The majority of Hawaiian monk seals live on small, shallow atolls, so as our oceans rise, those atolls become submerged. Because the females return to the same islet where they were born to give birth, they may find nothing to come back to, so they have to find a different birthing location. “In such a changing environment, affecting all marine mammal species that we work with, they are having to adapt to new threats and new challenges. Some are adapting well and some are not adapting well,” added Dr. Simeone. An estimated 1100 Hawaiian monk seals are in the Northwestern Hawaiian Islands, and fewer than 300 reside in the main Hawaiian Islands. Historically the Northwestern population is declining where the population in the main Hawaiian Islands is doing relatively well considering all factors against their habitat.
Also on Ke Kai Ola’s team is Tara Spiegel, Marine Science Program Specialist who works with the Center’s education department building education initiatives and the volunteer educator program. The Hawaii Educator Program, Nā Kōkua o Ke Kai, is a middle school program working with teachers on the Big Island reaching about 500 students each year. This program helps bring Marine Science Education into schools as well as educating students onsite at Ke Kai Ola and at the Mokupapapa Discovery Center in Hilo. This education program connects them with conservation and science, so they can see it in action and be inspired to do that work. Another key member of the Ke Kai Ola team is Megan McGinnis serving as Animal Care Manager. With a decade of marine mammal husbandry experience, she coordinates the husbandry team, ensuring patients are fed and provided for during their rehabilitation at Ke Kai Ola.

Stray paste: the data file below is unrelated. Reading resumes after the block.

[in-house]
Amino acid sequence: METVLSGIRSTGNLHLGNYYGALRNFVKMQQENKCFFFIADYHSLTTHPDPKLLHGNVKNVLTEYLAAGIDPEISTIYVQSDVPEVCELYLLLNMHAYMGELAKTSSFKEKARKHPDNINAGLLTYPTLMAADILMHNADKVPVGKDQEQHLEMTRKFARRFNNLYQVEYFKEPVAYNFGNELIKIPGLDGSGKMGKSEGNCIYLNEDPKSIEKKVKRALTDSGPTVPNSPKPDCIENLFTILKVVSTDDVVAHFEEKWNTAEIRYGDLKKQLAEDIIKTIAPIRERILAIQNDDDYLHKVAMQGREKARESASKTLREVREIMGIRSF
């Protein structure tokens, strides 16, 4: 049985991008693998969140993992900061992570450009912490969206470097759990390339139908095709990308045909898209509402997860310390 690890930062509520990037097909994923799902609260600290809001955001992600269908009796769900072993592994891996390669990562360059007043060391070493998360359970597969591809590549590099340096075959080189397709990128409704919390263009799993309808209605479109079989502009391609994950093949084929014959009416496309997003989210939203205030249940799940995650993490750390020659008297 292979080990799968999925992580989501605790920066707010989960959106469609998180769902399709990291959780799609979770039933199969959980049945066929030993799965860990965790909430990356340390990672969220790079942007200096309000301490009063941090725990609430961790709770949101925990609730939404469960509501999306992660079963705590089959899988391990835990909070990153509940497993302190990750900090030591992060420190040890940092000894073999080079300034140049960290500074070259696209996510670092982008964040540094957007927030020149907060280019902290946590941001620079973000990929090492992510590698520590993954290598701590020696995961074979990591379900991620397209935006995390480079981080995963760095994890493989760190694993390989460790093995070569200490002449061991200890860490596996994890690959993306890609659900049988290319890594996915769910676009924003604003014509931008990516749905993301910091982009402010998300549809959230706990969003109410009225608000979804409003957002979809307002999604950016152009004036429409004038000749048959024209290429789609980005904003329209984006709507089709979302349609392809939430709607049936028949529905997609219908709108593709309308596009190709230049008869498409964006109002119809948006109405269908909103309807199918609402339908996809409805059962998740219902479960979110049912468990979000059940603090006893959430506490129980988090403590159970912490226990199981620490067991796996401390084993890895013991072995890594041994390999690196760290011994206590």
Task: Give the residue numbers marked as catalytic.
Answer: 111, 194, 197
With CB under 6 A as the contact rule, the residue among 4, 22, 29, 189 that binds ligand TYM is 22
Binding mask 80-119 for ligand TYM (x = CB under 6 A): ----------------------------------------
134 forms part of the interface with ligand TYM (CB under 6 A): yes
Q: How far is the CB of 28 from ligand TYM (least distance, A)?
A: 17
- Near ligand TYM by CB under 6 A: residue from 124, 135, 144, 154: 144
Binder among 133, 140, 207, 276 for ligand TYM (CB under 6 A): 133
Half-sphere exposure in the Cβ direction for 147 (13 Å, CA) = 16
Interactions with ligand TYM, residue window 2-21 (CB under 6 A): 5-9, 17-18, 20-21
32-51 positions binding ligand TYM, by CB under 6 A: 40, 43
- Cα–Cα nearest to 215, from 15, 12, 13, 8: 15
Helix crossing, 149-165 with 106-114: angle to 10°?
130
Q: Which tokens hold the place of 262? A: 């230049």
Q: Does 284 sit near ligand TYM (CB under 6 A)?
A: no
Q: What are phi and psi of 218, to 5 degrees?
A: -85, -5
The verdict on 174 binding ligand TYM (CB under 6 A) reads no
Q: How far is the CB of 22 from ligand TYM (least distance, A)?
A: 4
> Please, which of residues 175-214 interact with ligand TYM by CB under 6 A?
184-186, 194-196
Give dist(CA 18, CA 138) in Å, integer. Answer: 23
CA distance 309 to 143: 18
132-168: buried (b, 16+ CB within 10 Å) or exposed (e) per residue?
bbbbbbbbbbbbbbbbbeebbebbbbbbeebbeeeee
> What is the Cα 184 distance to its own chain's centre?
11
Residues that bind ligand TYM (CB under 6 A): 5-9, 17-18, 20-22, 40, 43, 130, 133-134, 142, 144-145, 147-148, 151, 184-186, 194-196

The Marine Mammal Center has a thorough rehabilitation program tying into their scientific research in California. Each test sample collected in the course of treating the animal is shared with more than 16 different institutions around the world including the Hawaiian Monk Seal Research Program and the National Institutes of Science and Technology, ensuring each sample is used to the fullest. In 2016, NOAA Fisheries launched an effort to vaccinate Hawaiian monk seals against the Morbillivirus, a genus of the measles and canine distemper virus. Seen as a sizable threat in other large seal populations; in Europe, there have been large die-offs and it is a potential threat if a seal is exposed, spreading quickly with the population potentially decimated. Monk seals are susceptible to this virus because they are isolated, and their immune system is naïve to it. This effort by NOAA and Ke Kai Ola is the first ever vaccination initiative on a wild marine species.